World Economy

India Awaiting RCEP Agreement

India Awaiting RCEP AgreementIndia Awaiting RCEP Agreement

While ASEAN imports to India have expanded by more than 8% annually for the past two fiscal years, Indian exports to ASEAN have been sluggish, contracting by more than 3%. Yet New Delhi is hardly sweating over it.

India’s commerce mandarins hope that the balance of trade will swing into India’s favor once the Regional Comprehensive Economic Partnership (RCEP) agreement on services and investment takes effect. The commerce ministers of 16 East Asia Summit members are expected to meet in Kuala Lumpur next month to iron out issues related to the deal, NewsNow reported.

Services account for more than 50% of India’s gross domestic product, and Indian IT companies have a strong presence across the world. All ASEAN members except the Philippines, which considers itself a competitor of India in the IT sector, are reported to have ratified the RCEP with India.

“Once the services agreement is implemented the trade balance will change in India’s favor,” said Rahul Mishra, a research fellow dealing with Southeast Asia at the Indian Council for World Affairs (ICWA) in New Delhi.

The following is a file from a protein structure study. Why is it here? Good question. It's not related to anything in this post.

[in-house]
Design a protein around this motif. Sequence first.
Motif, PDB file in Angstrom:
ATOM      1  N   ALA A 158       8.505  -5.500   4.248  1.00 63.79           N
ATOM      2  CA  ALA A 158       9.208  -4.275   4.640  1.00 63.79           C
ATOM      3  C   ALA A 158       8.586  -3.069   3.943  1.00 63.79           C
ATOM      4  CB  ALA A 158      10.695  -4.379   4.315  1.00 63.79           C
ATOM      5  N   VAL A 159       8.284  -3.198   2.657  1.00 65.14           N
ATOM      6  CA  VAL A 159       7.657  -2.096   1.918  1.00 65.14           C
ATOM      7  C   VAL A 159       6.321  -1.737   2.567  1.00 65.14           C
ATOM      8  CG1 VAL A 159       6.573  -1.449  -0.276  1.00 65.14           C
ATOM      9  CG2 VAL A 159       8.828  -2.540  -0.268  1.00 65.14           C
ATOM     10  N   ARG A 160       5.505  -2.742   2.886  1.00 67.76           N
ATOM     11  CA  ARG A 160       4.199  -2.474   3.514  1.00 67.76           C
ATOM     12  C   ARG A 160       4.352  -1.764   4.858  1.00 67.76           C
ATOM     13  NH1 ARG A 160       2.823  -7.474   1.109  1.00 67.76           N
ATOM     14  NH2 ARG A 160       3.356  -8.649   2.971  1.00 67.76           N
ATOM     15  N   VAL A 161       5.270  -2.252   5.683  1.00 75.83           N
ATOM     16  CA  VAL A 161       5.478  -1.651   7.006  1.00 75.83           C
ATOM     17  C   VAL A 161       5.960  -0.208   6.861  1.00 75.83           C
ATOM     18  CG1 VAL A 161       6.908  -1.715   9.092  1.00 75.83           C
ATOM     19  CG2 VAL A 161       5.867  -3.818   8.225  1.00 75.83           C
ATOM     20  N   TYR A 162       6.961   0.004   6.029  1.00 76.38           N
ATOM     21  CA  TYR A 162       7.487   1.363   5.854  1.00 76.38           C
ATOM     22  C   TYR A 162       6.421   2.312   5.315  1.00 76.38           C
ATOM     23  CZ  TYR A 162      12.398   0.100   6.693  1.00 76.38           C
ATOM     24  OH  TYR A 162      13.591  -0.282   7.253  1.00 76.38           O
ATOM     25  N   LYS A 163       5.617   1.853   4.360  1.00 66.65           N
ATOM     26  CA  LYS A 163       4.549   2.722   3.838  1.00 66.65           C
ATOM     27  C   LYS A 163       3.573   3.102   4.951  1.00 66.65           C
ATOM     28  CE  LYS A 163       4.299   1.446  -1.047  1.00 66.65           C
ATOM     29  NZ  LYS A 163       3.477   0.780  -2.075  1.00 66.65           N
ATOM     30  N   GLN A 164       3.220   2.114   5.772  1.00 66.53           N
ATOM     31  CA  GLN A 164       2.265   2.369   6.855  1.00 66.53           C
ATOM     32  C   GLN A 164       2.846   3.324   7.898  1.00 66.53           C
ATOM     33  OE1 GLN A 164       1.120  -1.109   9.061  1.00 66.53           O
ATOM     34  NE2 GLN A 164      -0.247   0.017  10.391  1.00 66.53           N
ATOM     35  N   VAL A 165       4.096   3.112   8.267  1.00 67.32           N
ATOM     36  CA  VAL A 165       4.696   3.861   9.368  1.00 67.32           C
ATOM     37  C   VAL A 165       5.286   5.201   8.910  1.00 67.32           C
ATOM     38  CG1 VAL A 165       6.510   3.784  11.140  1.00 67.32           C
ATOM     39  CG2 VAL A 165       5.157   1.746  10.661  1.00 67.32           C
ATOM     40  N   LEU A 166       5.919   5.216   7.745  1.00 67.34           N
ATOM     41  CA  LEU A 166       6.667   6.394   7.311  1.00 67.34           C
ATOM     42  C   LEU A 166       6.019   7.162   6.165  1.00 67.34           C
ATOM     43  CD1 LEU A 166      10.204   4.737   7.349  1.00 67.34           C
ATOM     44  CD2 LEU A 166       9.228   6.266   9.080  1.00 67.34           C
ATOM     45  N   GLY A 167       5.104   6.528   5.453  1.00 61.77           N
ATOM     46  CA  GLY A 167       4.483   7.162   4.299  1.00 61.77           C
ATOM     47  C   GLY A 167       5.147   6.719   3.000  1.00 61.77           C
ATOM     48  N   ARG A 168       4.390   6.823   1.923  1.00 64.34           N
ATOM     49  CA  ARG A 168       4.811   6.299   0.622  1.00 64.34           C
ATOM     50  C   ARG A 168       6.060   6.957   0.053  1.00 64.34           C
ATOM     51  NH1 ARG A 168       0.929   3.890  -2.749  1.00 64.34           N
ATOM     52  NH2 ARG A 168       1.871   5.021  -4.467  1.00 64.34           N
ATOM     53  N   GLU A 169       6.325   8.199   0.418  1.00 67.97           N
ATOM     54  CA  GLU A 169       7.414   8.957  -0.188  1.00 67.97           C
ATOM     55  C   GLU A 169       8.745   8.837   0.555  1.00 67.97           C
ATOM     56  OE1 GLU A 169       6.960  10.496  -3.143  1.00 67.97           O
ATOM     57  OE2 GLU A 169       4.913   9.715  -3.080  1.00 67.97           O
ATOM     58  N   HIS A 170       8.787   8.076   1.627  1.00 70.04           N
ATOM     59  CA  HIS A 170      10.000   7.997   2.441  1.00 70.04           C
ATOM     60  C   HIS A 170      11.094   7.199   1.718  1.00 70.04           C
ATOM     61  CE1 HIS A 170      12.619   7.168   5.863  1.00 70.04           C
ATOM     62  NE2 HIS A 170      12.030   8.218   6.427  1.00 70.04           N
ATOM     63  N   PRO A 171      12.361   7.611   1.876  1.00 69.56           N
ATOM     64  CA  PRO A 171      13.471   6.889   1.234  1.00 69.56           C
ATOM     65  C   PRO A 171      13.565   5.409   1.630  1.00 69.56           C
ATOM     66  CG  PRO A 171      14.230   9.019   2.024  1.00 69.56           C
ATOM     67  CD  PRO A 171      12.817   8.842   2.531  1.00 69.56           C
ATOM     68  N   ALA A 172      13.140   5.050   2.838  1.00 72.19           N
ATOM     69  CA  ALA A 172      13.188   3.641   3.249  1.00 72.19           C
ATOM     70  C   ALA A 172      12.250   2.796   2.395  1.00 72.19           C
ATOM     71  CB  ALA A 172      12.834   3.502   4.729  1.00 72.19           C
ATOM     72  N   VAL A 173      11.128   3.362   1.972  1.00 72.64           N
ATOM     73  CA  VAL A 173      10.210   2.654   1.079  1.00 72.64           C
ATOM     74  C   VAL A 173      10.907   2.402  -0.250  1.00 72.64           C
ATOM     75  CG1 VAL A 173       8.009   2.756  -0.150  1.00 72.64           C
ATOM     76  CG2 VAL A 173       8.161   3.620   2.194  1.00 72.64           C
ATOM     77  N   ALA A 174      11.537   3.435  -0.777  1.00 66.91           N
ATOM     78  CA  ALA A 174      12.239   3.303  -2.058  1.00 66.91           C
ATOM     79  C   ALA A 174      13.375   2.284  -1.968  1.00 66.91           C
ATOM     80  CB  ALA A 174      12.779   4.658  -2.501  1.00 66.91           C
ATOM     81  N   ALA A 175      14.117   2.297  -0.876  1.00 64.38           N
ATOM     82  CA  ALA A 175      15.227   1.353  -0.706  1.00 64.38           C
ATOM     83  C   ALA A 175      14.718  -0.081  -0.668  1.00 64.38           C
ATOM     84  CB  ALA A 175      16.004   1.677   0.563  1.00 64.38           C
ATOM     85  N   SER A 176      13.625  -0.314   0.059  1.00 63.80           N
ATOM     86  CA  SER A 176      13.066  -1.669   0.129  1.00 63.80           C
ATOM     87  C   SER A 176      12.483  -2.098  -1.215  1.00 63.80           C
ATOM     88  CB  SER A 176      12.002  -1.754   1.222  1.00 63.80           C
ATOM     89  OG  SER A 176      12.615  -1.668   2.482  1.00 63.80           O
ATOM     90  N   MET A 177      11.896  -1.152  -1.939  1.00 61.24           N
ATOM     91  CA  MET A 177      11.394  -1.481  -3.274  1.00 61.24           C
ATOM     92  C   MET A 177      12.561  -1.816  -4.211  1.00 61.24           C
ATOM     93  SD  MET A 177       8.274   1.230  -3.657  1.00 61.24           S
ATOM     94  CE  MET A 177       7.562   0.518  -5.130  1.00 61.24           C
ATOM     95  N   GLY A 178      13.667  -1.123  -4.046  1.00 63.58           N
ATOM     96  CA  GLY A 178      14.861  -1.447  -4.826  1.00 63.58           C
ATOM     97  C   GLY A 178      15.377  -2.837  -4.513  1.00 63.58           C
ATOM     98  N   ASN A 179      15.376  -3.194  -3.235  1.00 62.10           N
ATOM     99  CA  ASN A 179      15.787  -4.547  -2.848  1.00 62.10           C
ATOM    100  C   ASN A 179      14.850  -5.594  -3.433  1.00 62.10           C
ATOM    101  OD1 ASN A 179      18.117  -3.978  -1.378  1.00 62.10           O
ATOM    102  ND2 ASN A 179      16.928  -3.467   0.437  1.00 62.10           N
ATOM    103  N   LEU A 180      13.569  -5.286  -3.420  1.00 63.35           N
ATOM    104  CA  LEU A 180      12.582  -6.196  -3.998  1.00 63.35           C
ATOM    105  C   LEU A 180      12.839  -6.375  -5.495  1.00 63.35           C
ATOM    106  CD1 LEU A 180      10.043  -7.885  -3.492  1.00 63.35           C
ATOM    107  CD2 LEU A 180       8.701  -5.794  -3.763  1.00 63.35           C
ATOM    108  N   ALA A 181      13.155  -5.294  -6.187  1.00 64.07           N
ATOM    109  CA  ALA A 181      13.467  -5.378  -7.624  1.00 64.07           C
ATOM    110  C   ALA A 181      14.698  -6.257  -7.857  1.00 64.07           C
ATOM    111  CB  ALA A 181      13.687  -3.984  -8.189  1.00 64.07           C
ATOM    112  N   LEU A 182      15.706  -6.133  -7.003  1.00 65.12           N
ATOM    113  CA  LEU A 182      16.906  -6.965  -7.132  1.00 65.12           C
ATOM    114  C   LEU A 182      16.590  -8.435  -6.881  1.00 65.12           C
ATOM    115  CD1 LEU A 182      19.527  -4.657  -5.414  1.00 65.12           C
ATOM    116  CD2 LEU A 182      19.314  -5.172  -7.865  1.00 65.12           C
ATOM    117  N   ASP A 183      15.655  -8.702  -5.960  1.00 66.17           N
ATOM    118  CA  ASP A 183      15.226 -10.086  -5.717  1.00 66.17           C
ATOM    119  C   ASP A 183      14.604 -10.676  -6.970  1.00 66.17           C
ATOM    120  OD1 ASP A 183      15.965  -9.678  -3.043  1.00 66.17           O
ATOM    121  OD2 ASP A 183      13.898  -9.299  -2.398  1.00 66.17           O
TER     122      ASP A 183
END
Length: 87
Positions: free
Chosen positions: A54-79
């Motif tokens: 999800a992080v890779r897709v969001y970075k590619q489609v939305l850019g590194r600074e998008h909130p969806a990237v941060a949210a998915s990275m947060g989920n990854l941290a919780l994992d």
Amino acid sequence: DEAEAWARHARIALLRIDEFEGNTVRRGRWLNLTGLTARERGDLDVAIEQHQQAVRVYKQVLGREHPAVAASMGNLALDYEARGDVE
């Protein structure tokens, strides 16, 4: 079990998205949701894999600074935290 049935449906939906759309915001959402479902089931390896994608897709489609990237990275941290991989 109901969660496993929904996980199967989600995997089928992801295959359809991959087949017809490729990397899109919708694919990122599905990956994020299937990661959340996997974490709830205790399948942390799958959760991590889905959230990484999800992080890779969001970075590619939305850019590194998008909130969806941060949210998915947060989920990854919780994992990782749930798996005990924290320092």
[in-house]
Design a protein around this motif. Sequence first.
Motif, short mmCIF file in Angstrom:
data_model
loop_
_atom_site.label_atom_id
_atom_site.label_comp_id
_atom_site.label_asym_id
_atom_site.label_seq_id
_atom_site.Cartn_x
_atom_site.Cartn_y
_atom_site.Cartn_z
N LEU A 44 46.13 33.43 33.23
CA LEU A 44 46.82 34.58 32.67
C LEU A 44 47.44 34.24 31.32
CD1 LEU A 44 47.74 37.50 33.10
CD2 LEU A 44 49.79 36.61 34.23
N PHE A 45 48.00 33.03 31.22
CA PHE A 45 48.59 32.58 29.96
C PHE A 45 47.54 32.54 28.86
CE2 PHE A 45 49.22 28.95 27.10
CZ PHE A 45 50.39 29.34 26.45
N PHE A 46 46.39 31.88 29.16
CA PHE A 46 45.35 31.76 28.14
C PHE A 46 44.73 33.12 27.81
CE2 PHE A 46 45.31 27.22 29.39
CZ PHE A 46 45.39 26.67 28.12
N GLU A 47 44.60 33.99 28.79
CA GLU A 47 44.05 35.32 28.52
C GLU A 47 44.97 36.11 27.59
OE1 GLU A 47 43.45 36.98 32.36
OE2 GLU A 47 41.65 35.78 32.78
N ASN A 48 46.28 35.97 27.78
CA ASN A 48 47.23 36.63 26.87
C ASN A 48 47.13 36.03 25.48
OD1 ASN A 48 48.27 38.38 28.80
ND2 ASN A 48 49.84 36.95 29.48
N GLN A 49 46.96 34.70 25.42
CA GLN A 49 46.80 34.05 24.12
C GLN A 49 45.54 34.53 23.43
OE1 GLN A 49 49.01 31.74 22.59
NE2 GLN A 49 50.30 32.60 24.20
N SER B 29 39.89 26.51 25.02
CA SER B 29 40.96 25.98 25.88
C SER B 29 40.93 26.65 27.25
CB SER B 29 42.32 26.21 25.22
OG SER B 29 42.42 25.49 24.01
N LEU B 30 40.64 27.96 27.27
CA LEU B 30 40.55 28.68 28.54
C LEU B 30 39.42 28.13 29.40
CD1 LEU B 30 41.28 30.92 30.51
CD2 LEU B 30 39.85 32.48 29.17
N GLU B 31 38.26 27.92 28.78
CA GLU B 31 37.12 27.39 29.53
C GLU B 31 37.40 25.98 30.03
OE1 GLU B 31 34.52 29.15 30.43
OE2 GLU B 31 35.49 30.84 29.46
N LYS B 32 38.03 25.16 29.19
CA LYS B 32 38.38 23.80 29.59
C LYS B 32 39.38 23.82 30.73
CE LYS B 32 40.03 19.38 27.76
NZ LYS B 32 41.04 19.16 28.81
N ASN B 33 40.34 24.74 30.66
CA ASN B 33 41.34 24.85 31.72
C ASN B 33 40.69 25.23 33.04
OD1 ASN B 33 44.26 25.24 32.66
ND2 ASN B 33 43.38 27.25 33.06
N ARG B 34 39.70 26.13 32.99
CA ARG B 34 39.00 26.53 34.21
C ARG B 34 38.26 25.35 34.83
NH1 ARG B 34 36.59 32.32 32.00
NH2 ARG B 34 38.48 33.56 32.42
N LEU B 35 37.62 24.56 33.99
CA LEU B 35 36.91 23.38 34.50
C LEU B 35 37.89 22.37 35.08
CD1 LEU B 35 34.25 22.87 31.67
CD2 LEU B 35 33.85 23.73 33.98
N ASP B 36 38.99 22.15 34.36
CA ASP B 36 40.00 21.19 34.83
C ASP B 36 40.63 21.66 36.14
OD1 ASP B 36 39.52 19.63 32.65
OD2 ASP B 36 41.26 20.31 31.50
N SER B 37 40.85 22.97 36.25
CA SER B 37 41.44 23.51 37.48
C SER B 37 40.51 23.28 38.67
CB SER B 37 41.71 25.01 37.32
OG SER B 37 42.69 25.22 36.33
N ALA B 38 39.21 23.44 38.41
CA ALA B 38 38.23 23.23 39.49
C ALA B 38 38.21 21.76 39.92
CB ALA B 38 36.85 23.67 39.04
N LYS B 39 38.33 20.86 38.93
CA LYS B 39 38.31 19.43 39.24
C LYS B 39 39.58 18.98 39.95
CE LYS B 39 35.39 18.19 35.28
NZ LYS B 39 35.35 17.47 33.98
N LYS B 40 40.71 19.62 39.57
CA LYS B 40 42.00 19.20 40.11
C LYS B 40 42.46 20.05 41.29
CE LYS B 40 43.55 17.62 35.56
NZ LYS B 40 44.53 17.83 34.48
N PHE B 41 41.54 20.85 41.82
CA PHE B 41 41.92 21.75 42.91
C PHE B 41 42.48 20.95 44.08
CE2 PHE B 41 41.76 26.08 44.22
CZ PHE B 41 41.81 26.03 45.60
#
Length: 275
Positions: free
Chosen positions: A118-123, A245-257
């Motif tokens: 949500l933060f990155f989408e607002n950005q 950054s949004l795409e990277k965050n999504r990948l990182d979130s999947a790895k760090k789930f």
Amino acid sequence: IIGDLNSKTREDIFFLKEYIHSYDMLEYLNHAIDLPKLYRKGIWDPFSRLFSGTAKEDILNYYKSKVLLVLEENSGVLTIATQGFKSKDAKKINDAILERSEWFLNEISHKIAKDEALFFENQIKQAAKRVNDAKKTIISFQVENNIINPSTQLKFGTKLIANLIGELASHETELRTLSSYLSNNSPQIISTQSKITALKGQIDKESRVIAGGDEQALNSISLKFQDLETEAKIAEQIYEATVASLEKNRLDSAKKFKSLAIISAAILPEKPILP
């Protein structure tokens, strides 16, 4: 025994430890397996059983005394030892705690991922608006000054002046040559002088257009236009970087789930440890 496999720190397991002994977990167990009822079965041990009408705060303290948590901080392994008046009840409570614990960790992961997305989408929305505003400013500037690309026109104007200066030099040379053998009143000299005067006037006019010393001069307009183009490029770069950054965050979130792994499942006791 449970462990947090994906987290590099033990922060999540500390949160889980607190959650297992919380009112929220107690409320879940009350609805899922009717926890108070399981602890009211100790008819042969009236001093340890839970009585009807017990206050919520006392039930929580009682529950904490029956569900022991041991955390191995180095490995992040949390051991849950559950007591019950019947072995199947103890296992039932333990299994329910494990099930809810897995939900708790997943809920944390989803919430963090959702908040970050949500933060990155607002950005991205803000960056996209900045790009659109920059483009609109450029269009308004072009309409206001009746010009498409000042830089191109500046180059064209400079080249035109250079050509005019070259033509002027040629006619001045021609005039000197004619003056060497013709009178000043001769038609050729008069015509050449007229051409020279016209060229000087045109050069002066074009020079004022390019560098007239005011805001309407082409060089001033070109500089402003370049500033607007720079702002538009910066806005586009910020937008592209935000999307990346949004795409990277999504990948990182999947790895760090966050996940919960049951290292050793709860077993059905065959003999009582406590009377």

ASEAN exports palm oil, coal, gas, coffee and rice among other commodities to India, while the latter exports machinery, yarn, pharmaceutical products and gems and jewelry. India exports motorbikes to Indonesia and Vietnam and pumps to other countries. From Thailand India imports electronic and electrical items and footwear.

 Trade With Malaysia

Anil Wadhwa, Secretary (East) in Malaysia’s Ministry of External Affairs, on Sunday called for better economic and commercial ties between India and Malaysia.

“We have more than $6 billion worth of Malaysian investments in India and a further $6 billion or more has been completed by Malaysian company ties by way of projects in India,” Malaysia’s news agency ANI reported.

“Indian companies have also invested more than $2 billion in Malaysia. Our bilateral trade now stands at $13.82 billion for 2014. However, in the last couple of years, there has been a relative lull on both fronts partly due to the international economic climate and partly due to our respective country’s pre-occupation with the political process. The time to shrug this lethargy has arrived and we need to take our economic and commercial relations to the next level,” Wadhwa said while addressing the Global Business Forum in Kuala Lumpur Sunday.

Wadhwa said that the two nations should set a trade target of $100 billion by the end of this year and $200 billion by 2022.

Services and Investment, signed last year, have set the platform for future growth, he said. There is further scope for liberalization of tariff lines. The ongoing negotiations for the Regional Comprehensive Economic Partnership (RCEP) Agreement should also bring the East Asia community together.